Having made those disclaimers (and hoping you will accept them in the spirit which they are intended), I still do not believe the old school vs. contemporary "identity" argument can be justified with any real authority or consistency. Sure, it's easy to put it out there in simplistic terms: "The Muchachos were Spanish, 27th/Kilties were British/Scotch, etc...." The o.p. states quite unequivocally "Golden Era corps... had their own identities" in a manner that assumes absolute indisputability and seems to impliy that no current corps either possesses, nor has the ability to create, the kind of clearly defined personality that the old-time corps displayed. You yourself concurred, saying "like it or not, there was a time, when you didn't have to look at the uniform to know who was playing."

But what about the Muchachos doing "Cowboys and Indians," or "Fanfare for the Common Man," or 27th playing "Niner-Two" or "Gaite Parisienne," or the Kilts doing "MacArthur Park?" Great tunes, wonderful performances; a couple might legitimately be considered classics. And any knowledgeable fan would easily pair them up in a match-the-corps-with-the-tune scenario. But none of them are consistent with the personas of those corps, at least not as you have defined them. In fact, your characterization of their identities is in most cases related as much to their appearance as to their repertoire.

Undoubtedly, many memorable corps of the past were able to project a strong, well-defined image, creating a kind of "brand recognition," if you will - a signature tune or drill move, maybe even an overall style or "attitude" - that endeared them to their fans and has come to be a part of their legacy as the years have passed. But that ability is not the sole province of an earlier era. Any number of current corps have also succeeded in establishing a distinctive style and presence. They are attracting fans of their own, who regard them with equal affection and will continue to do so as those groups earn their place in the pantheon of the activity. And of course, the converse is also true. For every corps, past or present, that has been able to present itself so as to stand out from the crowd, there many others that, for one reason or another, have not been able to find their niche.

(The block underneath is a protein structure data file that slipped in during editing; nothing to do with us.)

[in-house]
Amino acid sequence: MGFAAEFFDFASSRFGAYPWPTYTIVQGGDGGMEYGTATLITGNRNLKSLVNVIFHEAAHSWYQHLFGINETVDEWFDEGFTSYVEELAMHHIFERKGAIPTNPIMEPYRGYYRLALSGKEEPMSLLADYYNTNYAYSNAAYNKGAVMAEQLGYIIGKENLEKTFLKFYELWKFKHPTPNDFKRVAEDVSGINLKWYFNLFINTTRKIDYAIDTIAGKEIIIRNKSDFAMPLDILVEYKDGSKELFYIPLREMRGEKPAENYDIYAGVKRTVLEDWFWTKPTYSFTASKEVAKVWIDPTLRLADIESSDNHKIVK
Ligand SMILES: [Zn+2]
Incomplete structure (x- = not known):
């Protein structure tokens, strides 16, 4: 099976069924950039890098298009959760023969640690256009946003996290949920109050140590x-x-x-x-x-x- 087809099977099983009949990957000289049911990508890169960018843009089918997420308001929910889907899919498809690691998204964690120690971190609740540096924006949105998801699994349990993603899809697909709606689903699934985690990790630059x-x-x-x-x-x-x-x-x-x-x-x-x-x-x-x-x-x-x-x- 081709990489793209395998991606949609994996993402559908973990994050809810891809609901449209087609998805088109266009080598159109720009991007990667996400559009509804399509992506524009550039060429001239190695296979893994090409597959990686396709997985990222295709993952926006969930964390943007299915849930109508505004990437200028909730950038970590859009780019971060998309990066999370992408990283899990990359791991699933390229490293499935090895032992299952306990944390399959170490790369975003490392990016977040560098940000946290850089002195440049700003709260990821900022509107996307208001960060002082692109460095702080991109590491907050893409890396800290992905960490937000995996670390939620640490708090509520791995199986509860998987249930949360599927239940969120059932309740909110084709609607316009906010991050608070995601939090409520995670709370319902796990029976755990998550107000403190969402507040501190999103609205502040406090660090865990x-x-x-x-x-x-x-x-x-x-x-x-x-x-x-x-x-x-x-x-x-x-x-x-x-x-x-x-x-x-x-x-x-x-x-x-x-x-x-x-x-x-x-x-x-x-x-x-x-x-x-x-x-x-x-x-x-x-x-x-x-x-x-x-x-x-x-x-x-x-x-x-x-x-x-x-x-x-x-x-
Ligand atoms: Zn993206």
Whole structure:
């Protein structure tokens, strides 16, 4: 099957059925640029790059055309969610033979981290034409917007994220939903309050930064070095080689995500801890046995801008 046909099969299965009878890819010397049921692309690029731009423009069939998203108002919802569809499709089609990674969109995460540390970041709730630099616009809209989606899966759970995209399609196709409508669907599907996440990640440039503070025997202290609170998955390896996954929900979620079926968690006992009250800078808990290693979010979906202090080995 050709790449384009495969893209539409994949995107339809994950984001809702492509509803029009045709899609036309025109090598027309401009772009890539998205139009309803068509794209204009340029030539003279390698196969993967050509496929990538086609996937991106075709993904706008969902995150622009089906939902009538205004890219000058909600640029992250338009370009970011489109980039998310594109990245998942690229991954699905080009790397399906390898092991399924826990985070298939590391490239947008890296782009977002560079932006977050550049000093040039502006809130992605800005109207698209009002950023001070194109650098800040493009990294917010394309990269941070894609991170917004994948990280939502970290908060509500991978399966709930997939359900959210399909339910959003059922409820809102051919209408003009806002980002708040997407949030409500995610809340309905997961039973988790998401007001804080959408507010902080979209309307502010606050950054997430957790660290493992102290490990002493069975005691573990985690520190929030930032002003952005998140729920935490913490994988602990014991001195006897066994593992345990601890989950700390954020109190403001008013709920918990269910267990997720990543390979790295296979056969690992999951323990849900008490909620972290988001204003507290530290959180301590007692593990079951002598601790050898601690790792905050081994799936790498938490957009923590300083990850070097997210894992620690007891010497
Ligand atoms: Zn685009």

Looking back, we recall the highlights, the bold outlines; the less remarkable features of the landscape fade, leaving behind a pretty, albeit incomplete, picture of days gone by. Present tense, up close, the imperfections are easier to see. Styles, fad and fashion, and certainly the ground rules have changed over the years. But corps with substance and personality have flourished in every era, and continue to exist today. The notion that the mythic past was better, more righteous, more glorious with regard to "identity" - sorry, for me it just doesn't hold water.

thanks again for the discussion,

Fred O.

Edited by drumno5

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Drumno,

Your point is well thought out and intelligent and I do agree with what you are saying.

The “Golden Era” of drum corps in my opinion refers more to the overwhelming number of corps back then (again this is just my opinion) and not so much a slap at today’s outstanding corps. Again you are correct when you say that “ The o.p. states quite unequivocally "Golden Era corps... had their own identities" but again I would point out that I believe they were not just talking about the music. The Muchacho’s never had to play a note for you to determine that most of their music would be of Spanish flavor, and likewise for 27 or the Kilts or the Troopers, and even the Vanguard and Phantom offered a style that not only was their own, but no other corps would try and copy. If it weren’t the uniform that you recognized it was the music itself.

I think corps today, are more open to change and are more likely to test a different style without the fear of being labeled as departing from a style that “Got them there” in order to move up. That’s where us old farts get confused with who we’re listing to =)

I’ll put it this way. I love the Beatles and am use to their sound and style, but if they had suddenly changed their style to Rap or New Wave, simply because everyone else was successful with those approaches, I may find myself confused, and turned off.

I have two friends that were professional baseball players about 30years ago and even they say things like “We did it better” and “Back in our day” and I’d wager that every form of activity that is more then five years old will have some folks that will talk like that. Comparisons will always be made by the ones that “came before” and no amount of argument against their stance will change that type of thinking (no matter how intelligent the argument).